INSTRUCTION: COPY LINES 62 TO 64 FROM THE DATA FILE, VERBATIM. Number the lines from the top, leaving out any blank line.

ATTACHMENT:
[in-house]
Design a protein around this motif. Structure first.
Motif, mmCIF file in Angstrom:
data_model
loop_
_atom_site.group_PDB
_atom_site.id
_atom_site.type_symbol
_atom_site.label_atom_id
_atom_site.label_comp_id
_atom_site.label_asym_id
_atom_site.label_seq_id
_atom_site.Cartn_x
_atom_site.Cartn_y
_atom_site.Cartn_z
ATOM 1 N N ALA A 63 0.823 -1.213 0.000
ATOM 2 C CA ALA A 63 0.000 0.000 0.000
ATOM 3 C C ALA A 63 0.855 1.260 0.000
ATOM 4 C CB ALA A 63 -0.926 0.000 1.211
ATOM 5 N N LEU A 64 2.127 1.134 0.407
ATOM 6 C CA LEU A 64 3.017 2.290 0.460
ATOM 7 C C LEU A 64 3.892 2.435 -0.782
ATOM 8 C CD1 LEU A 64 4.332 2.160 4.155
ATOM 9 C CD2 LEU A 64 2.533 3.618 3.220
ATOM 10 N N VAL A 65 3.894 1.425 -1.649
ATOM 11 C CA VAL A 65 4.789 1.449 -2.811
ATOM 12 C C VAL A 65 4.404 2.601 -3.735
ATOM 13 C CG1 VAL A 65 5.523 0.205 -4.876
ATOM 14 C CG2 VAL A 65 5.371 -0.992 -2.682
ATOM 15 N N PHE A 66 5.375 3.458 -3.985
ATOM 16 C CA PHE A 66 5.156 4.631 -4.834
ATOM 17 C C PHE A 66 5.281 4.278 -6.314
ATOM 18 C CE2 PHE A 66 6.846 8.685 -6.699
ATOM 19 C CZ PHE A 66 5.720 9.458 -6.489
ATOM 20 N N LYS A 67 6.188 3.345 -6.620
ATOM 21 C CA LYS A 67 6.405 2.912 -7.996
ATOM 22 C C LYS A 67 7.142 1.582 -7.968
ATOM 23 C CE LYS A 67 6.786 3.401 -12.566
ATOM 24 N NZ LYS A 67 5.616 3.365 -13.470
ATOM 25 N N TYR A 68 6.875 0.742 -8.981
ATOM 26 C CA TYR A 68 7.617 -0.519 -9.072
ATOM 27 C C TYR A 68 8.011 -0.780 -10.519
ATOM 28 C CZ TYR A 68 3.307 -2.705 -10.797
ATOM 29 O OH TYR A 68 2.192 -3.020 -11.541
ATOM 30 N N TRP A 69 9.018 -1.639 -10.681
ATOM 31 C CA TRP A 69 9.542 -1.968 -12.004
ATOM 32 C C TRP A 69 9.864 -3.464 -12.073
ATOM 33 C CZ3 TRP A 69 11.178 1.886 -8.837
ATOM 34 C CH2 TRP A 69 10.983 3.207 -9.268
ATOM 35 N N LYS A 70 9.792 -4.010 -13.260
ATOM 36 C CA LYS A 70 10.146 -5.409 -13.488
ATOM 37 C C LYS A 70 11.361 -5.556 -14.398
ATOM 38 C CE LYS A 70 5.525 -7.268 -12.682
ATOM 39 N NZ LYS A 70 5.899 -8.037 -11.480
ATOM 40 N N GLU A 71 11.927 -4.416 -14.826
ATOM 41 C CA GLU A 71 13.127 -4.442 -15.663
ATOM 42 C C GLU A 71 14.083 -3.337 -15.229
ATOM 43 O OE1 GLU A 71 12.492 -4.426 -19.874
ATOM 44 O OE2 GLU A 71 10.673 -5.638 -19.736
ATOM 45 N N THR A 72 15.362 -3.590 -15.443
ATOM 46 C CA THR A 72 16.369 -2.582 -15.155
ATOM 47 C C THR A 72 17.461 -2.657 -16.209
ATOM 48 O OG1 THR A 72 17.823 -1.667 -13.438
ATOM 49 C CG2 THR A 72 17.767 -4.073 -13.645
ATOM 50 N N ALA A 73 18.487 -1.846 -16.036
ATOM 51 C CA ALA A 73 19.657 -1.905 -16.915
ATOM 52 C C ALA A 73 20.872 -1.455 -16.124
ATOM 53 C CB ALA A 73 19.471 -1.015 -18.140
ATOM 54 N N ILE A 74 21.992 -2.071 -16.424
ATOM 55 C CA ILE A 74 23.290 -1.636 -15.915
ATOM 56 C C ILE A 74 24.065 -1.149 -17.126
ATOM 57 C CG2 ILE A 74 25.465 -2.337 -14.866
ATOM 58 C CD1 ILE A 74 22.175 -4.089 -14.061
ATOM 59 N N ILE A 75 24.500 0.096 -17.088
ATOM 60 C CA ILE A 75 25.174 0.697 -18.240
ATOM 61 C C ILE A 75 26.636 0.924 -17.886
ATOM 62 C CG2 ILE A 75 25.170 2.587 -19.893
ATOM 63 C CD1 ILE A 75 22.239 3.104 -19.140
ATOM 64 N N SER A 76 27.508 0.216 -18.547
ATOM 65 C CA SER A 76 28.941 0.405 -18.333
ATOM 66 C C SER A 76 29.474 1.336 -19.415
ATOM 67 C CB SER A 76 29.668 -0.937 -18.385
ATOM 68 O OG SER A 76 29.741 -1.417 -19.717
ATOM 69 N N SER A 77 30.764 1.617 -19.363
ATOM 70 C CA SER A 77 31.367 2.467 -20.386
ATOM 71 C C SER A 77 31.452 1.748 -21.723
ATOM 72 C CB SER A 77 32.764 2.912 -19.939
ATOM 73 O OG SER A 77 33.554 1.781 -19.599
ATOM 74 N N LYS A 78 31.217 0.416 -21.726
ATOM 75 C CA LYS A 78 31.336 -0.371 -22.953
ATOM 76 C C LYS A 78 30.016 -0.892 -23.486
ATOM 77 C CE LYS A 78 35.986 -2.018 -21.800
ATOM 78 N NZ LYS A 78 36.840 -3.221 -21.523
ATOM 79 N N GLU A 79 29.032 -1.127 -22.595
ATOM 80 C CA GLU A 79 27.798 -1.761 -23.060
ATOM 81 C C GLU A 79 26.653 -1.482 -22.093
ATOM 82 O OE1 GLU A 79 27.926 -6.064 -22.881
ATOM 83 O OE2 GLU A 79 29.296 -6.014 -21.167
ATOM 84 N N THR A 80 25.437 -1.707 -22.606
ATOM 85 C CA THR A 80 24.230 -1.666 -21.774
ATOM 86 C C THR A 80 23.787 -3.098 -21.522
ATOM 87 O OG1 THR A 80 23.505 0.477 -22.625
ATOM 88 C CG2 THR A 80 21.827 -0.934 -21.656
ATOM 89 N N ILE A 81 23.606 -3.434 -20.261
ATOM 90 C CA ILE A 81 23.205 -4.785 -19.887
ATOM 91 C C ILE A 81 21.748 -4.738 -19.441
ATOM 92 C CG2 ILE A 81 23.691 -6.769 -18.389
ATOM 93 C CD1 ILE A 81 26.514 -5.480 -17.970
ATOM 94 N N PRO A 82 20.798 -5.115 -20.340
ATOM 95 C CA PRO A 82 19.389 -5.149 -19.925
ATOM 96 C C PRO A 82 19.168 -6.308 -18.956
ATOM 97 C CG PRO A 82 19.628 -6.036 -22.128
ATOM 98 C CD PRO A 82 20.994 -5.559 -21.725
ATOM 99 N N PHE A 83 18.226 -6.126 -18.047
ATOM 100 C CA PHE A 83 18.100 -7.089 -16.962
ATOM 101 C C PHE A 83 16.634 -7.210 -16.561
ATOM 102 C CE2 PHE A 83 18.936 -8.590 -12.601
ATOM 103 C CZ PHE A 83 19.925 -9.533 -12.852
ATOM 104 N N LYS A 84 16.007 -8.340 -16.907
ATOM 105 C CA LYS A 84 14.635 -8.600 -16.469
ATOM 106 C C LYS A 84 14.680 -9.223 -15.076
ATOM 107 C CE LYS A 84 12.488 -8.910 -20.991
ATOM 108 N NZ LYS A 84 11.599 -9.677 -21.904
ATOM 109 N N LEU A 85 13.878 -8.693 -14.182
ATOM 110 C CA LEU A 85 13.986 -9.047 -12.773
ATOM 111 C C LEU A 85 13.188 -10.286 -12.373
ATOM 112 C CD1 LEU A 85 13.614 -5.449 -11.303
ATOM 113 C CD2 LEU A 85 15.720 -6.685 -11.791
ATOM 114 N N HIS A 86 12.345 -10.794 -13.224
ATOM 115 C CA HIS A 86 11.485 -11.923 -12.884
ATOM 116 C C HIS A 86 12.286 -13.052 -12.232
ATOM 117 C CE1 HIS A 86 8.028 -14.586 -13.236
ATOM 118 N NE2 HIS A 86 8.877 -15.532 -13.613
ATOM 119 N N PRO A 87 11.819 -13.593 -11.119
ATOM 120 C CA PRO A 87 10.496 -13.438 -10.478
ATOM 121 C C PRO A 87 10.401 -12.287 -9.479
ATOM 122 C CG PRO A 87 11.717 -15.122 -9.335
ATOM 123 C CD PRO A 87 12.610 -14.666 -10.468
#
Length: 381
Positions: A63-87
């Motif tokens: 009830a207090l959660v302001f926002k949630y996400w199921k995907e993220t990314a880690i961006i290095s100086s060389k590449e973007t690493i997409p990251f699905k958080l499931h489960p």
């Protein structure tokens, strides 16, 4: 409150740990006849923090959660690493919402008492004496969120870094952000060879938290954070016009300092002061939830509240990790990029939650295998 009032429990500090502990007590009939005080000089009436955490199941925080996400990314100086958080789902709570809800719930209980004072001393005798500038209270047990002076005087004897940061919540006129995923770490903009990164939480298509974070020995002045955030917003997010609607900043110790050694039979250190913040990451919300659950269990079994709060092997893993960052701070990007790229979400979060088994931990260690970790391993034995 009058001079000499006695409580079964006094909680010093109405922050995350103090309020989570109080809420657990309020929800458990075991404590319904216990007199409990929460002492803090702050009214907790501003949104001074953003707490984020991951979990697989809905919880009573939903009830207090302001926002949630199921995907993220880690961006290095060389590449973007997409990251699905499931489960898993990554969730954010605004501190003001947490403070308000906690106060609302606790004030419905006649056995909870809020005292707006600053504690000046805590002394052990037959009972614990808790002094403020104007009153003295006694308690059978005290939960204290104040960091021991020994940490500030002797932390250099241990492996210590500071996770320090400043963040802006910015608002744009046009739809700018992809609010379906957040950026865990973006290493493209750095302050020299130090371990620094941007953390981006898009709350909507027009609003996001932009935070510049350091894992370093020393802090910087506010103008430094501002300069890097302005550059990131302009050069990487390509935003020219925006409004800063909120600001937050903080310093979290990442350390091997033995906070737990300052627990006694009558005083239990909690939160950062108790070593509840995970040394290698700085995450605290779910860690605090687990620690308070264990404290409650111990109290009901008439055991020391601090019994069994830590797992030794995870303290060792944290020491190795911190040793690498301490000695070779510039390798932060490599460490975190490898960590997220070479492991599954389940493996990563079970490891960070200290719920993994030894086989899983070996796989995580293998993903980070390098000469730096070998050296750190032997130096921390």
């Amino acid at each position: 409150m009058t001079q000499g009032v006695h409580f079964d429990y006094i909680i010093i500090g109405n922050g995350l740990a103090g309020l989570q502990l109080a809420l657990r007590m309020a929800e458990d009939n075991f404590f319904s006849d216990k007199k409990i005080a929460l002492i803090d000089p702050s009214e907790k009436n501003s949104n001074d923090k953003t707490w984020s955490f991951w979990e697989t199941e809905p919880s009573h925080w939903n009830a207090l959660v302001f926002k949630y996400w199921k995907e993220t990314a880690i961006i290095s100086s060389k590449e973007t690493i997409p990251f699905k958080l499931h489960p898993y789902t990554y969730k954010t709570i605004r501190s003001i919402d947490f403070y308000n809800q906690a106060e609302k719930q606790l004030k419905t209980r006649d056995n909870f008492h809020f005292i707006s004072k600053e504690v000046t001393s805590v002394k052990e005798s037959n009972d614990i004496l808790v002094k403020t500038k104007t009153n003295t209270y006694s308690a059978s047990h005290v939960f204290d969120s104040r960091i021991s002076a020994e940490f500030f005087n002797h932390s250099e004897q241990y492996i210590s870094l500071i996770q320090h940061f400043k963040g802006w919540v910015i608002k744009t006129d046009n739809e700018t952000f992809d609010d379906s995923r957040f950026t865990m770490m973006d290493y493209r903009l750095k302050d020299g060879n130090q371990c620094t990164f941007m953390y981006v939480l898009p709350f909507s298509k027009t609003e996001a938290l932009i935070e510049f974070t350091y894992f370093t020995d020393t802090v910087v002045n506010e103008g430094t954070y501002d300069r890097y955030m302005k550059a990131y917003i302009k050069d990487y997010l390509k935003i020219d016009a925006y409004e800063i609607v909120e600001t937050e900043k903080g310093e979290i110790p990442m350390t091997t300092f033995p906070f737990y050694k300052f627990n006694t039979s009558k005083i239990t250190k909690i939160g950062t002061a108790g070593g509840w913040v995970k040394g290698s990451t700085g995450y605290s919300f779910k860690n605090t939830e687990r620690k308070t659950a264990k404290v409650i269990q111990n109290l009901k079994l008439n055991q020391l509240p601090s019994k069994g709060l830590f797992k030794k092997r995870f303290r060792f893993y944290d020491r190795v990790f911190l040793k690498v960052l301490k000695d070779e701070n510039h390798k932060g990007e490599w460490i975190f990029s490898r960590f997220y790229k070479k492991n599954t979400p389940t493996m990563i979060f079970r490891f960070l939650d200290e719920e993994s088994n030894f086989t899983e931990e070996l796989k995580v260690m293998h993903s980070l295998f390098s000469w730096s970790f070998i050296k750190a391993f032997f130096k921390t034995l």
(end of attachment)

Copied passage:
ATOM 47 C C THR A 72 17.461 -2.657 -16.209
ATOM 48 O OG1 THR A 72 17.823 -1.667 -13.438
ATOM 49 C CG2 THR A 72 17.767 -4.073 -13.645